Re: troubleshooting ssl to port 2484 using tnsping

From: Rodrigo Mufalani <>
Date: Thu, 17 Aug 2017 16:54:02 +0000
Message-ID: <>


   Sometime ago I need to check a specific port and had no telnet installed on machine. So, decided to use curl:

Mufalani03:~ mufalani$ curl -v telnet://
* Rebuilt URL to: telnet://

  • Trying
  • Connected to ( port 1521 (#0)

All the best,
[RED] Rodrigo Mufalani - Dir. T├ęcnico
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De: <> em nome de Mladen Gogala <> Responder para: "" <> Data: quinta-feira, 17 de agosto de 2017 12:33 Para: "" <> Assunto: Re: troubleshooting ssl to port 2484 using tnsping

Actually, "nc" is much better than "telnet". The "netcat" utility, also known as "nc" is a veritable Swiss army knife of networking. The command to verify whether the port is responding would be

nc -v -z -w 3 myhost 2484

That would send out a verbose output (-v) for using zero size messages (-z) and waiting for 3 seconds for a reply (-w 3). Here is an example:

mgogala_at_umajor:~$ nc -v -z -w 3 umajor 80 Connection to umajor 80 port [tcp/http] succeeded! mgogala_at_umajor:~$

Before the SQLcl command interpreter that has tnsping built in, I was using a nc-based Perl script called "tnsping" to do that. And it worked just fine, parsing the relevant part of tnsnames.ora was not a problem. For all those Python lovers,there is even a CPAN module for netcat:

And some comments about the eternal Perl vs. Python debate: Python is consistently object oriented. Perl is not. Given that the most of the application software is written using the OO paradigm, Python is probably better for the application writing. However, quick one-off scripts, so frequently written by system and database administrators are usually not object oriented and do not have well defined set of objects to operate on. For such tasks Perl, with its unsurpassed ability to parse strings and the myriad of readily available CPAN modules, is still the best tool for the job. That is why Perl so stubbornly refuses to die, despite the fact that so many "programming gurus" have declared it obsolete. Perl has users, droves of them. Lastly, the idea that indentation matters reminds me of Completely Oudated and Badly Overused Language, or COBOL, for short.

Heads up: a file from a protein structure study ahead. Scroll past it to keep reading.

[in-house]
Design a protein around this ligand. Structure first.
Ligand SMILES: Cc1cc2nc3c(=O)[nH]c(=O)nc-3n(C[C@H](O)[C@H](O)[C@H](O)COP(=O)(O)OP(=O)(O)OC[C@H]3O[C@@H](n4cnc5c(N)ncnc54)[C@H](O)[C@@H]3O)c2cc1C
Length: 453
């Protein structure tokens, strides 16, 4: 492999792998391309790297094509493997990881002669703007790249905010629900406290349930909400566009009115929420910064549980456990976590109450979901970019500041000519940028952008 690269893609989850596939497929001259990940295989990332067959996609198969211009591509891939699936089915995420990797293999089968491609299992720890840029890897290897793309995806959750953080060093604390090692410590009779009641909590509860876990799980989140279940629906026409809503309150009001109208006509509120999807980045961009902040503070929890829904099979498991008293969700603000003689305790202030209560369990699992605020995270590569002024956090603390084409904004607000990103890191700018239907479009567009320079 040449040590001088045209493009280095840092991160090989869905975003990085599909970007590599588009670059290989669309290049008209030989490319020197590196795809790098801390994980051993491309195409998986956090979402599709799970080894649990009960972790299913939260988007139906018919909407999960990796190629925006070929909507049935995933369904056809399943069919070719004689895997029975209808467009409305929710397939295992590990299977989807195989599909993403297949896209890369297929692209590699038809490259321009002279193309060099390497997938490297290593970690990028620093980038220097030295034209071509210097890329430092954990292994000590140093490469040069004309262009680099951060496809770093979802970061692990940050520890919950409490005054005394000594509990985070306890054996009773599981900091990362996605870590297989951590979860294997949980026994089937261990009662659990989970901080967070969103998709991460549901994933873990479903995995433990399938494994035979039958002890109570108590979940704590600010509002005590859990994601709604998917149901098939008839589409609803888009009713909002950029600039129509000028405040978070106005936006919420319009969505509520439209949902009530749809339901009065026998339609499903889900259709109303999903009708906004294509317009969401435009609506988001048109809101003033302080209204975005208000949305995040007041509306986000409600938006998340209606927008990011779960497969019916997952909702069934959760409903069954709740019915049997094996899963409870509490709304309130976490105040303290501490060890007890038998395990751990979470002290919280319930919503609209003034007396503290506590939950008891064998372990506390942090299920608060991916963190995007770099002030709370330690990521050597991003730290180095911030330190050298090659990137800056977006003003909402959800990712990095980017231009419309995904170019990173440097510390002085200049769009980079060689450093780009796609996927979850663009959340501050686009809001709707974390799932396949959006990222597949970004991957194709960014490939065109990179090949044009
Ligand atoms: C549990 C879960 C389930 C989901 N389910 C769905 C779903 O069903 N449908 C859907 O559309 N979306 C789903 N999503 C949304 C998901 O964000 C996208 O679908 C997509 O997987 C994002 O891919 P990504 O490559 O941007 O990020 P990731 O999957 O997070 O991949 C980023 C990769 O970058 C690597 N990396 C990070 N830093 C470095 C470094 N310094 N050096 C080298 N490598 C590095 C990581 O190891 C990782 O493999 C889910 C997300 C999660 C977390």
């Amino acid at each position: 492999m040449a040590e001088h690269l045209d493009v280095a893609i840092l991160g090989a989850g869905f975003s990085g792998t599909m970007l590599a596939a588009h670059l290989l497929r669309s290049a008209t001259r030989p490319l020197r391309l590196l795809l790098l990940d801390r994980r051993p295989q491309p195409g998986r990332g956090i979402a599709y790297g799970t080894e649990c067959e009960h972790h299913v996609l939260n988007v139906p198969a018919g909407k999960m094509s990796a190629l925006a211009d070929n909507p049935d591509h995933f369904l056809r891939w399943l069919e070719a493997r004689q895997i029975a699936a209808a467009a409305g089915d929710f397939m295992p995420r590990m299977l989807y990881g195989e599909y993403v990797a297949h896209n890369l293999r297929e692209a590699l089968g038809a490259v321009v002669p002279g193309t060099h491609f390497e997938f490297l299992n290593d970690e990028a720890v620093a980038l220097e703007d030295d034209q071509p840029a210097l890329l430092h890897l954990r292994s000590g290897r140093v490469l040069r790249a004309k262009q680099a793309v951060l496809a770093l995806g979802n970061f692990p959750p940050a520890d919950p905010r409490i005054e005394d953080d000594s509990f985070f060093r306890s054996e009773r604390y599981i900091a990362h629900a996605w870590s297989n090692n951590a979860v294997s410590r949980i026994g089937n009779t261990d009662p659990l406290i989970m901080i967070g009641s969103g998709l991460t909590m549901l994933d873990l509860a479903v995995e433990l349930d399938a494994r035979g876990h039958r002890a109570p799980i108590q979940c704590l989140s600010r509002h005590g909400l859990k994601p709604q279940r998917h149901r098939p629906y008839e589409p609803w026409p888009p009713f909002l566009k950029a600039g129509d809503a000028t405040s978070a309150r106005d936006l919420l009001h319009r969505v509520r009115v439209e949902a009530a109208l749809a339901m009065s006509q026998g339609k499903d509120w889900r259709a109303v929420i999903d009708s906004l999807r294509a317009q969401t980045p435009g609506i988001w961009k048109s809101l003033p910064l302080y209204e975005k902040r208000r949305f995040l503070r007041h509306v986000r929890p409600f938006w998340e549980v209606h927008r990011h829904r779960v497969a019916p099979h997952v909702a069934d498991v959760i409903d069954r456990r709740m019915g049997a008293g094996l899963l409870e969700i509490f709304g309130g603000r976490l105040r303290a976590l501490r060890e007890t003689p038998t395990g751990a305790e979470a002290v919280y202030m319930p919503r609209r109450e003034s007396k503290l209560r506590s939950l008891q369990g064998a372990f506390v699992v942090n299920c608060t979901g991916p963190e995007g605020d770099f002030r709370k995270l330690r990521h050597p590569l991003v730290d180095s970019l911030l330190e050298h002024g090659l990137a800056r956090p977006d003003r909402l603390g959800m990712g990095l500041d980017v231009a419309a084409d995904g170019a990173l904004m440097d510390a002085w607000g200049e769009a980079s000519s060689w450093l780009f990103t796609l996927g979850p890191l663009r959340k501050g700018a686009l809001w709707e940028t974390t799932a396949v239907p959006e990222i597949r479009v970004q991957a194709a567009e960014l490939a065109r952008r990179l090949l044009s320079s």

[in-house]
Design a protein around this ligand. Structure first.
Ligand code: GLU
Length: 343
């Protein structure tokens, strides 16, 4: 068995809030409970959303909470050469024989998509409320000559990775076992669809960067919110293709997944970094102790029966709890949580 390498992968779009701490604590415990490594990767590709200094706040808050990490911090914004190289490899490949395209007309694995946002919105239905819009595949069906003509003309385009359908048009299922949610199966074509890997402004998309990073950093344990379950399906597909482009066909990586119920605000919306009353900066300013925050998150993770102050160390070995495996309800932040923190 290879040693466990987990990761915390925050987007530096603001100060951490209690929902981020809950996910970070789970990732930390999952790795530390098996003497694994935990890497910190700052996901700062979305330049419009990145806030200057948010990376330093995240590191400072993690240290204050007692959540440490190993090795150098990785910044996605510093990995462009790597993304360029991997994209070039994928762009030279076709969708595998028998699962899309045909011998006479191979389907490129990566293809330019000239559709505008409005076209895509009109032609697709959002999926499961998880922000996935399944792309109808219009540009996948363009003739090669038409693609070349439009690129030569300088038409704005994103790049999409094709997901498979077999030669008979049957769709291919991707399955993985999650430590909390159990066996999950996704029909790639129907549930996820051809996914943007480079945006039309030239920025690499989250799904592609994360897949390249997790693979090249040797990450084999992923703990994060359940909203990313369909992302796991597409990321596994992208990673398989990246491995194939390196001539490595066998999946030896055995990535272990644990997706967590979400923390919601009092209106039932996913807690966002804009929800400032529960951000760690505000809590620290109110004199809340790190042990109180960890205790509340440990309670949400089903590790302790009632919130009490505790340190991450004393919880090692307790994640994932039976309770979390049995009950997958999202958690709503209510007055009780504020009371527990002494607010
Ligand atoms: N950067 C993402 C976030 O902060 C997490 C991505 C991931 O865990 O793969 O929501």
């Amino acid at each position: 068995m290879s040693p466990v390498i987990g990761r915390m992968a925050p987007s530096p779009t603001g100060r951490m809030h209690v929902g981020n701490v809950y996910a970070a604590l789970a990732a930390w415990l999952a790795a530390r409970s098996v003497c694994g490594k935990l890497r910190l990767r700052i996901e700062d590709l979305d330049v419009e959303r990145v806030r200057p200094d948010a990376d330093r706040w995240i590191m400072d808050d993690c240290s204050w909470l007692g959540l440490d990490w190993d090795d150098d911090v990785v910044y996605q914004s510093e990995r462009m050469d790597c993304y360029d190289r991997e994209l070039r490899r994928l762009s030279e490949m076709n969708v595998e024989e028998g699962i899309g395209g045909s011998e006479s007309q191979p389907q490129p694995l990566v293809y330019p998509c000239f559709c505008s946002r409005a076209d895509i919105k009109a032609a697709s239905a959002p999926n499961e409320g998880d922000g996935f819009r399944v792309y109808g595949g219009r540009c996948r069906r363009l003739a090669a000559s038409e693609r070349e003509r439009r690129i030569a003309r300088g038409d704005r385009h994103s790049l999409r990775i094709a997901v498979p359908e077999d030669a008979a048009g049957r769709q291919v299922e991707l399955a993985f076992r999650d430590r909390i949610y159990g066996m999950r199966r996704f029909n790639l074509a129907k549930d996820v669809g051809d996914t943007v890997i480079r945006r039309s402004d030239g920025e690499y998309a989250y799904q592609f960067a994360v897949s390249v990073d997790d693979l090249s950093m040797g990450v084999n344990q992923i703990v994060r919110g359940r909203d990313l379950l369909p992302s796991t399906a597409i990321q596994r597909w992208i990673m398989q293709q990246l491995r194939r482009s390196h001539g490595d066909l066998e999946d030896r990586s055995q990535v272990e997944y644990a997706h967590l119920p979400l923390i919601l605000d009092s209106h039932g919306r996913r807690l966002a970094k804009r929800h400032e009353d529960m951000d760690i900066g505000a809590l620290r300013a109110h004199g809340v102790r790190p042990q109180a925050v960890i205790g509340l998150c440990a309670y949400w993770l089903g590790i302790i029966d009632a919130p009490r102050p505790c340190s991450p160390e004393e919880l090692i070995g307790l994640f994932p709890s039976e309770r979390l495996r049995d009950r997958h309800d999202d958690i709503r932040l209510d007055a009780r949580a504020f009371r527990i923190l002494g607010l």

OO languages also tend to be very verbose. Both Java and Python are good examples. Perl can be very short and concise. Snippet like this:

while (<>) {


    next if /^\s*#/;

    if (/..../) {




is definitely not following the OO canon, but is very useful and frequently used in Perl scripts. I have yet to find language which can cram more operations in such a small amount of code.

Finally, to end on the Trumpian note: we should use things made in America, by a guy named Larry, not some suspicious foreign stuff, invented by a guy named Guido. And we can build beautiful scripts, the best scripts in the world and Guido will pay for them....

On 08/16/2017 03:01 PM, MacGregor, Ian A. wrote: Do you have access to telnet? What happens when you run

telnet myhost 2484

on the client. I suspect it is because the connection does not hang. Have you looked at;action=print;num=1128363187

Ian MacGregor
SLAC National Accelerator Laboratory.

On Aug 16, 2017, at 10:19 AM, Jared Still <<>> wrote:

Hi Michael,

What is the output from 'adapters' ?

Jared Still
Certifiable Oracle DBA and Part Time Perl Evangelist Principal Consultant at Pythian
Pythian Blog Github:
Oracle Blog:<> Home Page:<>

On Mon, Aug 14, 2017 at 11:01 AM, Michael McMullen <<>> wrote: Oracle (Oracle restart ie. +ASM but single host) OEL 6.5 I'm troubleshooting tcps setup with Oracle. At this point I'm really trying to just narrow my troubleshooting if port 2484 is listening for tcps. No server certs at this time.

Can I just add to the listener.ora file the following (if I've made a typo below assume I have it ok on my server)

(ADDRESS = (PROTOCOL = TCPS)(HOST = myhost)(PORT = 2484))

restart the listener, see that it's listening on port 2484 and then

tnsping "(DECRIPTION=(ADDRESS = (PROTOCOL = TCPS)(HOST = myhost)(PORT = 2484))"

when I do the above tnsping I get TNS-12560: TNS:protocol adapter error while it returns OK (0 msec) when I use tcp and 1521 which is expected.

Just looking for the minimum I need to do to get the tnsping to return ok so I can limit my troubleshooting.




Mladen Gogala

Oracle DBA

Tel: (347) 321-1217


Received on Thu Aug 17 2017 - 18:54:02 CEST

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